We then moved from Cape Neddick to Ogunquit on May 31st with a group of loyal and new staff members. Our 14 foot truck made 4 round trips that included the signature “tree” that was in the bar. Yes, Aldo made sure that that happened. In fact, I was sent home during the “transplantation” of the tree as my disparaging comments were not welcomed. Gladly I went home with less stress and returned the next day with the most valued restaurant decoration ever (If we had a nickel for every person who wanted that tree in their home, well, we could have retired 4 years ago). The tree was in place, intact and stunning. But it needed new wiring of the lights. An order had been placed for commercial lights and we were anxiously awaiting the delivery. We were able to complete the “tree-move” with the re-wiring of the tree, the re-lighting and the inauguration of that old re-vamped tree in the new location.
We quickly sorted all our goods and wares that we brought with us and began the task of ordering, receiving and prepping the food for our newly expanded menu. We hired more staff and began that training as well.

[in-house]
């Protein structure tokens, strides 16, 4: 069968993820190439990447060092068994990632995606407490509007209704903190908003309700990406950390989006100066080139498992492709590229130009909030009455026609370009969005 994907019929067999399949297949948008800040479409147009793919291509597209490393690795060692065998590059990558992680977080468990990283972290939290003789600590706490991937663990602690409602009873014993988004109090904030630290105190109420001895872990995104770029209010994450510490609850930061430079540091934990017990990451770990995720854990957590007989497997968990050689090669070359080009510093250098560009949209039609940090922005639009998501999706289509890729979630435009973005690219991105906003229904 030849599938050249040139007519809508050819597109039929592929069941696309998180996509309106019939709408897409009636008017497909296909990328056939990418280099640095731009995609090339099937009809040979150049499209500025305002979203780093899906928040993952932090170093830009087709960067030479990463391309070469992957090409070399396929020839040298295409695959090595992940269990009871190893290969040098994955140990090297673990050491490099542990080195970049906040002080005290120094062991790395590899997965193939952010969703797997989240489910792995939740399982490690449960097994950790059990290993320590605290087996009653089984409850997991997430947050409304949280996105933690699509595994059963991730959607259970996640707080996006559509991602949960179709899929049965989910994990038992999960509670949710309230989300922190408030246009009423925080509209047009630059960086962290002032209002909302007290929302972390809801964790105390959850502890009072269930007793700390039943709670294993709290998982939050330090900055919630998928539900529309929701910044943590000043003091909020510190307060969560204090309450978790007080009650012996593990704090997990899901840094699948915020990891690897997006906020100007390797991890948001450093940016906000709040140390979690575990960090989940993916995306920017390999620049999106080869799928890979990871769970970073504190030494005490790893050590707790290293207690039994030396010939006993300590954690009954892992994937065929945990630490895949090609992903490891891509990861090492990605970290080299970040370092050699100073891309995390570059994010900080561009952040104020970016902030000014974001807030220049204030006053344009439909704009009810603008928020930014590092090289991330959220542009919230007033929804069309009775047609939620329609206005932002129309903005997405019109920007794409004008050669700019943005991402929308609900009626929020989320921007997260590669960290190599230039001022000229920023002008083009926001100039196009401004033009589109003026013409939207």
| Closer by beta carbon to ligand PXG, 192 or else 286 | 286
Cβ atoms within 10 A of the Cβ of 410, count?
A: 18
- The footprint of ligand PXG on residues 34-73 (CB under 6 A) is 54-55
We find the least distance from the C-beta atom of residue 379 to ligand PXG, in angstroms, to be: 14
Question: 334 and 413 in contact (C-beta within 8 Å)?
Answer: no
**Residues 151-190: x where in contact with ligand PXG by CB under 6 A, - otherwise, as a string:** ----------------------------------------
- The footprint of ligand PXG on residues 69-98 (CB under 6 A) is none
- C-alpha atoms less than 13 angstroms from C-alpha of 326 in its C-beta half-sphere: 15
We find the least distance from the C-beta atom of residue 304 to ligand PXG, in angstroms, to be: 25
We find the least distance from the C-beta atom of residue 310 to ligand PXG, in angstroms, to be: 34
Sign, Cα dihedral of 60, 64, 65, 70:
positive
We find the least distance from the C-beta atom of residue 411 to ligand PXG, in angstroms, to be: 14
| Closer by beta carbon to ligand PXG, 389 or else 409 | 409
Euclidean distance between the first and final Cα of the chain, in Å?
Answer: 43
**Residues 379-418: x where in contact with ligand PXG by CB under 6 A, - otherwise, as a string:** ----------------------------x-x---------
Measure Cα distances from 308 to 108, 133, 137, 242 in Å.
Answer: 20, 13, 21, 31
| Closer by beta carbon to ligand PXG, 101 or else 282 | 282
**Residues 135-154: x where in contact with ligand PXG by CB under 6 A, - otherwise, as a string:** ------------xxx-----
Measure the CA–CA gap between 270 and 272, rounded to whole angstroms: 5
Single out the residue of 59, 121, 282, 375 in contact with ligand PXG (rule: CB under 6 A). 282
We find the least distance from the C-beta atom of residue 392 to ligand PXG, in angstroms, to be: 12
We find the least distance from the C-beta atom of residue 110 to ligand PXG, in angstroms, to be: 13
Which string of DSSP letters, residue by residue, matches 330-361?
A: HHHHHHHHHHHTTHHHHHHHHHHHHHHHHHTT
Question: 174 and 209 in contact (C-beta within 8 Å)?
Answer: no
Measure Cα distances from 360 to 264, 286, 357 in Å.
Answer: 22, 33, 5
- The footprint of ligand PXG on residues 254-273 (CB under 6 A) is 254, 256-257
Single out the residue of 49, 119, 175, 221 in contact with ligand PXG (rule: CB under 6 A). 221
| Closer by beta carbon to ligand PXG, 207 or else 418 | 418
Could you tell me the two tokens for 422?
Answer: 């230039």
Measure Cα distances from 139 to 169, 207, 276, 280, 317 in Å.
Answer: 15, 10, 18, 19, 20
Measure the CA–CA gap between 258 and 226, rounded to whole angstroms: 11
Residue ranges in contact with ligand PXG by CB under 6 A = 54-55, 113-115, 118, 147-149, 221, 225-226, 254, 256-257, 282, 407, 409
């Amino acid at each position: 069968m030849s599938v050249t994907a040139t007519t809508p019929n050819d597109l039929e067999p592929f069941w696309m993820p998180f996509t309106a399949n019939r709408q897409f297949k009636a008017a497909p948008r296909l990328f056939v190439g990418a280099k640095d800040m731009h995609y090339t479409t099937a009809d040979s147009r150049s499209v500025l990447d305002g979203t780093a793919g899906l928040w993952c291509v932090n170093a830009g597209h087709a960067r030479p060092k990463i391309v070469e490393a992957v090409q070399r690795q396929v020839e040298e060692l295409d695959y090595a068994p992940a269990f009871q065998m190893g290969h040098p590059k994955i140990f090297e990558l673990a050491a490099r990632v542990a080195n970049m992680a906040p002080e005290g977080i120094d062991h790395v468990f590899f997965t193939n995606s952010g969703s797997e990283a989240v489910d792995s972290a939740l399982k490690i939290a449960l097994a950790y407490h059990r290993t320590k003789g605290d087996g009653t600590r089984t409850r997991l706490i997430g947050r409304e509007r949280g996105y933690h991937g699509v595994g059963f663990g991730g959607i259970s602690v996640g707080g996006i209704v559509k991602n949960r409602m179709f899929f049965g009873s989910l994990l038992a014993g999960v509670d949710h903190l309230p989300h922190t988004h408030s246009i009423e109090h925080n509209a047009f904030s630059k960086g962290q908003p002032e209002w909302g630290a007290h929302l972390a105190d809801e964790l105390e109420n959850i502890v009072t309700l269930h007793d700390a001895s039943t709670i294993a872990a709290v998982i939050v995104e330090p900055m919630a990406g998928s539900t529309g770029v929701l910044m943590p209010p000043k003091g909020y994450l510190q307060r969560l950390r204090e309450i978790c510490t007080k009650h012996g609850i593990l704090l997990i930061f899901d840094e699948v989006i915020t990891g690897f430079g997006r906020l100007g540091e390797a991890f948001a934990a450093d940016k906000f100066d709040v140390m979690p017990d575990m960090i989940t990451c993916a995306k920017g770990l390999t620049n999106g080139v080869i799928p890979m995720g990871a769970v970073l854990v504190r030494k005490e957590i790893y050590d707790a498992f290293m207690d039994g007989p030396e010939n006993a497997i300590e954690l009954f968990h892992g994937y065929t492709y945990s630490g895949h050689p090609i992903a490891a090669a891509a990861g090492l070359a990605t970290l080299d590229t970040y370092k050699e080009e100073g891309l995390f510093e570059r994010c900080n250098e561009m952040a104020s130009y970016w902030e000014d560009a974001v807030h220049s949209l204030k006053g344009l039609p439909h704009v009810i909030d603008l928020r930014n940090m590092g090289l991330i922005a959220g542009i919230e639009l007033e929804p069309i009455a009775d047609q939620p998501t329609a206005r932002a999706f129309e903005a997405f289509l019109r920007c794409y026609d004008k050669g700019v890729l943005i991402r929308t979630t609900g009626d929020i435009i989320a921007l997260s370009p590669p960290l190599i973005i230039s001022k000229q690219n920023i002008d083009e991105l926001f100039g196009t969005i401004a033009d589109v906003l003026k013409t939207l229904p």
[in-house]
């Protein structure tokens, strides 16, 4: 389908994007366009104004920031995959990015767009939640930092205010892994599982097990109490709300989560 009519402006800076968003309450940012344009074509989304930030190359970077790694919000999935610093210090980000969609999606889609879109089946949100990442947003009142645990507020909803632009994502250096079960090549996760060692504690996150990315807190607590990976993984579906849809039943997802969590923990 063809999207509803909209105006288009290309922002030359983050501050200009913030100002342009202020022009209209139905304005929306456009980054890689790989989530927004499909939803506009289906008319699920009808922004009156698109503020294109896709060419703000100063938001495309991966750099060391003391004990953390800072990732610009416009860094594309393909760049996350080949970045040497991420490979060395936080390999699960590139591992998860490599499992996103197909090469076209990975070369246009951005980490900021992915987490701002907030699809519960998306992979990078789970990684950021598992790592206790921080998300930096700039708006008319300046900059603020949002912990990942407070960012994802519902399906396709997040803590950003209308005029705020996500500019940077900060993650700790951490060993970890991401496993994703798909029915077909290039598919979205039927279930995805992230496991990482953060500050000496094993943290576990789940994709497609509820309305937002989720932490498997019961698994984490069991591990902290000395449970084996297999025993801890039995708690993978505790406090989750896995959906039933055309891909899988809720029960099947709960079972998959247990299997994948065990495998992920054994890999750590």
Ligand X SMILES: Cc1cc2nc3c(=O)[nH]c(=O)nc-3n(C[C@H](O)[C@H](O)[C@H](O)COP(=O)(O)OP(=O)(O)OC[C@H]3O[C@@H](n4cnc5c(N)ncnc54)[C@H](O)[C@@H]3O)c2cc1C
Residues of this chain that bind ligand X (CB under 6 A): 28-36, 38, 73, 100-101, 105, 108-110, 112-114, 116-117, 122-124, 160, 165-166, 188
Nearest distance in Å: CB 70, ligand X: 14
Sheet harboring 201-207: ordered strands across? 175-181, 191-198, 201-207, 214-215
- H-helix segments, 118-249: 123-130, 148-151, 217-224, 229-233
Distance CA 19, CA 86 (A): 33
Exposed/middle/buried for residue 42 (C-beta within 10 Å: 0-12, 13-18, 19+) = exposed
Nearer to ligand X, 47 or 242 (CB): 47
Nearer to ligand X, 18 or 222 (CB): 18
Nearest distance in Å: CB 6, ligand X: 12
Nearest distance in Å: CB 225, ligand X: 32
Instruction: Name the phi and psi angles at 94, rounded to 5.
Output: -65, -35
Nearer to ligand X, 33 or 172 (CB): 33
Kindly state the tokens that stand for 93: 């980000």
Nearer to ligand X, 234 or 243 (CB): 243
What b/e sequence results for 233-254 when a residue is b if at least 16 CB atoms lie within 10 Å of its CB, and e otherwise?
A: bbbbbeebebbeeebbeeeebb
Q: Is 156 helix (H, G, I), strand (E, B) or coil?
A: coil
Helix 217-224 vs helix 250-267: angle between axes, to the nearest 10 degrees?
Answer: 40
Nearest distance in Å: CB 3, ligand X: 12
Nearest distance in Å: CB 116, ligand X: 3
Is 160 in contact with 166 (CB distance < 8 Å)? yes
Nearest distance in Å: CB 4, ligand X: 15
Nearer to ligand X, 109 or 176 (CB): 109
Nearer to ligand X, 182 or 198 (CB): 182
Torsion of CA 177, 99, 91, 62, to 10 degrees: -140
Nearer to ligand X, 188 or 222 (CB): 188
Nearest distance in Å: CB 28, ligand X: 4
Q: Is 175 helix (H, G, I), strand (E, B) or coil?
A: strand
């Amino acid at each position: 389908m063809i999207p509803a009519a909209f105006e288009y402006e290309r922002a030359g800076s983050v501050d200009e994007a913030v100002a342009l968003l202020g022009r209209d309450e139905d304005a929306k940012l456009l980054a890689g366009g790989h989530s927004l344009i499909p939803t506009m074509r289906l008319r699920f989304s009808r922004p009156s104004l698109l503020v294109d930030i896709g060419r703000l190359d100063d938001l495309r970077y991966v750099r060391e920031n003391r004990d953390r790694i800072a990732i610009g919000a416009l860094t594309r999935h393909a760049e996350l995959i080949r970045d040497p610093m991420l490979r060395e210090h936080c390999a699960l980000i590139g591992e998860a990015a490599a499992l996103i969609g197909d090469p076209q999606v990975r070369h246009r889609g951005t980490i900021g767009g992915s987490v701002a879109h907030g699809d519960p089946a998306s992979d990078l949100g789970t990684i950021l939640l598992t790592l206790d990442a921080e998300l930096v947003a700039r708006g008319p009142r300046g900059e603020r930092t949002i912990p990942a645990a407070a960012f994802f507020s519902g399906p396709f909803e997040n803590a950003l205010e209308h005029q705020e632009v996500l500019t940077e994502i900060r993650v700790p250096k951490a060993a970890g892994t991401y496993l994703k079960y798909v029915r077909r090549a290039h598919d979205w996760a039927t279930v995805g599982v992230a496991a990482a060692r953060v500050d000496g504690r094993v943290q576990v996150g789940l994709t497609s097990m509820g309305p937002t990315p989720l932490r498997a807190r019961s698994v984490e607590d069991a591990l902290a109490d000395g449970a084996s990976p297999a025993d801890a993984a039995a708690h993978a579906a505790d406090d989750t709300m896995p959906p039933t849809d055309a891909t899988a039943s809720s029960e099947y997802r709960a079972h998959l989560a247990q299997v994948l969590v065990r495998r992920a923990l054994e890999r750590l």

We had our first light function on the 11th of June. Whew. Such a whirl wind 11 days, but we hosted a cocktail party for the local B&B’s, Inns and Hotels. We had a great turn out. The following night was an invitation only dinner for 50 dear friends. It was a bit overwhelming for all. We should have kept it down to 10 people, but our customers were so great, we wanted to include so many.
We finally opened our doors with the primary kinks worked out on the 18th of June. Mind you, I said, the primary kinks as there were many more subtle and hidden things to work out, one of which was to promote the Sous Chef to Head Chef and a line cook to Sous Chef. That nailed the sporadic good and mediocre meal coffin shut, never to be opened again. Chef Chris Godfrey and Jake Wakely have been at the helm for 2 weeks now and have been doing an outrageous job. Our thanks to them. See what one new diner had to say about them. 5 stars out of 5.
First Time – A Charmer
Dined on 7/22/2013
When on vacation, we try not to dine out too much, so we always try to be thoughtful in our dining choices and Roost definitely fits the bill. The food and service were exemplary and we had a great time. The decor is very rustic, with a little bit of funkiness to give it some character; the bar area looked really inviting. Definitely work a return trip when next we’re in Ogunquit.
We will update you in the next couple of day with more information.
Please look for a new and updated menu and a real fun new Light Fare Menu at the Bar.
It’s finally here! The day Rob, Aldo and everyone has worked so hard to prepare for.
Our Grand Re-opening in our new location at 262 Shore Road, Ogunquit ME!
Join us soon!
We just created a gallery of photos of some of our finest dishes. Check them out here.